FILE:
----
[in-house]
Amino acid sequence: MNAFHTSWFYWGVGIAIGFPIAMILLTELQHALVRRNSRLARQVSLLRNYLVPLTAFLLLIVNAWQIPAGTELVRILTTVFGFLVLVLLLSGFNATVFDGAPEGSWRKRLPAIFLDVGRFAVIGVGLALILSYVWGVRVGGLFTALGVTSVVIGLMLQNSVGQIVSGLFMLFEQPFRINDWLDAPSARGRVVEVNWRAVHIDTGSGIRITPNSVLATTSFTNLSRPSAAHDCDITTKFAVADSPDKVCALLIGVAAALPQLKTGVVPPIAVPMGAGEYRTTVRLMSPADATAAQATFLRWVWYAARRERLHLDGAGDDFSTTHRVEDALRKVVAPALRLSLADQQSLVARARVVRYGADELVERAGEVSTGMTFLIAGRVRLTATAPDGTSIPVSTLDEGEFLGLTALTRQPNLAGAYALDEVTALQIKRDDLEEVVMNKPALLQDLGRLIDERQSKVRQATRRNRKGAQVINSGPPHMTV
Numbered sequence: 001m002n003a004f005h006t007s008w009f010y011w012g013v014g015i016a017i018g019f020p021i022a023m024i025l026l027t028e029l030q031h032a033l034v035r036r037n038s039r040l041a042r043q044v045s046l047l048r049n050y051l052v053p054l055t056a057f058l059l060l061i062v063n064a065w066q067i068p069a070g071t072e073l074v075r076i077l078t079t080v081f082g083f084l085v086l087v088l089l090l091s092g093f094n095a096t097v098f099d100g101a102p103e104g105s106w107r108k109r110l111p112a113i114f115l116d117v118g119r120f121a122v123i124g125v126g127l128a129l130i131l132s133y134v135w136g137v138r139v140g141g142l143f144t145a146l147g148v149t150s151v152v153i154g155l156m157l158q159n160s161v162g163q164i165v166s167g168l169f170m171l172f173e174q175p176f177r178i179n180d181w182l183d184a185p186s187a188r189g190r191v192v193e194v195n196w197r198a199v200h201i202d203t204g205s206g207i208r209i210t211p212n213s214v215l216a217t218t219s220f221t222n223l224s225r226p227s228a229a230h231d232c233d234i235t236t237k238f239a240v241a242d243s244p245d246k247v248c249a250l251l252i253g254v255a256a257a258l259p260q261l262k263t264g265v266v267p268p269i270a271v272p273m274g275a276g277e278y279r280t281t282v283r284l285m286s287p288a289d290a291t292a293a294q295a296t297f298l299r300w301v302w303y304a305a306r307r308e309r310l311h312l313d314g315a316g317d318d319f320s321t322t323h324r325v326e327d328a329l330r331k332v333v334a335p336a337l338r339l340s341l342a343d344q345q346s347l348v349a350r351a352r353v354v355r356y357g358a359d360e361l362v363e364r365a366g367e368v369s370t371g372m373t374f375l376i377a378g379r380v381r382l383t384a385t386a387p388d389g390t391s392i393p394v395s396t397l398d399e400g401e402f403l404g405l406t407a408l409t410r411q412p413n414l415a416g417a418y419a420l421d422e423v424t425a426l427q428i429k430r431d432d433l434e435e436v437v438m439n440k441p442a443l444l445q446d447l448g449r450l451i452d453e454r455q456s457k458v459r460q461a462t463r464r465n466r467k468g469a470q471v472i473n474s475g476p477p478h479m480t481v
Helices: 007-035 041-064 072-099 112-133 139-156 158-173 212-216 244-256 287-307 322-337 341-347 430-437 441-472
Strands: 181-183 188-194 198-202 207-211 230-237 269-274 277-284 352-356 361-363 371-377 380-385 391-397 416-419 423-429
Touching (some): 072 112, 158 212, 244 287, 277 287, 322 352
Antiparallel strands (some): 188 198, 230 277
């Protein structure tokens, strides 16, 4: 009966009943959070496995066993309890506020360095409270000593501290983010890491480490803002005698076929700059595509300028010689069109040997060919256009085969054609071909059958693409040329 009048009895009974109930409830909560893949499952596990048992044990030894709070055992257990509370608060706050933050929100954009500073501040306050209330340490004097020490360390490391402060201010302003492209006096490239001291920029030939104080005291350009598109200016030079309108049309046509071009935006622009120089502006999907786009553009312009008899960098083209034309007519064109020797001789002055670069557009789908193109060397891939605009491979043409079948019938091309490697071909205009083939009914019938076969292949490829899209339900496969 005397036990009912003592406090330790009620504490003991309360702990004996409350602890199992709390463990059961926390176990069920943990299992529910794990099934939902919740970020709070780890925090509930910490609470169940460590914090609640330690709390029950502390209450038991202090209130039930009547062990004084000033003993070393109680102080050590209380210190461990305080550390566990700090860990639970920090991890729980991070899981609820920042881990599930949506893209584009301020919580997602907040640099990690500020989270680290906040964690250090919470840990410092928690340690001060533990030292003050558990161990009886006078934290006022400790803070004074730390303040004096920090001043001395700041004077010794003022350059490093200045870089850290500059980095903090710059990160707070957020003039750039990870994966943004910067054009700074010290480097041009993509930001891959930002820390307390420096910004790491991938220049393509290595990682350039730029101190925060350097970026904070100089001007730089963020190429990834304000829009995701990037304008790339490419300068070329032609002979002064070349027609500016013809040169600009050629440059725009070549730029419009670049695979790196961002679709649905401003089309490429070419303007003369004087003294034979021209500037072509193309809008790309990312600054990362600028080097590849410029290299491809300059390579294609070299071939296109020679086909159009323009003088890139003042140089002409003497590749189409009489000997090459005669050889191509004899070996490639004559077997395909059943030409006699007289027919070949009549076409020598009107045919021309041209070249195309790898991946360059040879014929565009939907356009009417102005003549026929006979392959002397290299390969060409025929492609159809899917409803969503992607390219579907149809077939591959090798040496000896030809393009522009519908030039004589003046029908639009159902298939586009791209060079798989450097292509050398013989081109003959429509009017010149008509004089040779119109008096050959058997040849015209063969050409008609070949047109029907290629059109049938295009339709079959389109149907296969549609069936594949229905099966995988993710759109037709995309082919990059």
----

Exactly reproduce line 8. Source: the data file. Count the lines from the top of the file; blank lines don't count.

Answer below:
């Protein structure tokens, strides 16, 4: 009966009943959070496995066993309890506020360095409270000593501290983010890491480490803002005698076929700059595509300028010689069109040997060919256009085969054609071909059958693409040329 009048009895009974109930409830909560893949499952596990048992044990030894709070055992257990509370608060706050933050929100954009500073501040306050209330340490004097020490360390490391402060201010302003492209006096490239001291920029030939104080005291350009598109200016030079309108049309046509071009935006622009120089502006999907786009553009312009008899960098083209034309007519064109020797001789002055670069557009789908193109060397891939605009491979043409079948019938091309490697071909205009083939009914019938076969292949490829899209339900496969 005397036990009912003592406090330790009620504490003991309360702990004996409350602890199992709390463990059961926390176990069920943990299992529910794990099934939902919740970020709070780890925090509930910490609470169940460590914090609640330690709390029950502390209450038991202090209130039930009547062990004084000033003993070393109680102080050590209380210190461990305080550390566990700090860990639970920090991890729980991070899981609820920042881990599930949506893209584009301020919580997602907040640099990690500020989270680290906040964690250090919470840990410092928690340690001060533990030292003050558990161990009886006078934290006022400790803070004074730390303040004096920090001043001395700041004077010794003022350059490093200045870089850290500059980095903090710059990160707070957020003039750039990870994966943004910067054009700074010290480097041009993509930001891959930002820390307390420096910004790491991938220049393509290595990682350039730029101190925060350097970026904070100089001007730089963020190429990834304000829009995701990037304008790339490419300068070329032609002979002064070349027609500016013809040169600009050629440059725009070549730029419009670049695979790196961002679709649905401003089309490429070419303007003369004087003294034979021209500037072509193309809008790309990312600054990362600028080097590849410029290299491809300059390579294609070299071939296109020679086909159009323009003088890139003042140089002409003497590749189409009489000997090459005669050889191509004899070996490639004559077997395909059943030409006699007289027919070949009549076409020598009107045919021309041209070249195309790898991946360059040879014929565009939907356009009417102005003549026929006979392959002397290299390969060409025929492609159809899917409803969503992607390219579907149809077939591959090798040496000896030809393009522009519908030039004589003046029908639009159902298939586009791209060079798989450097292509050398013989081109003959429509009017010149008509004089040779119109008096050959058997040849015209063969050409008609070949047109029907290629059109049938295009339709079959389109149907296969549609069936594949229905099966995988993710759109037709995309082919990059």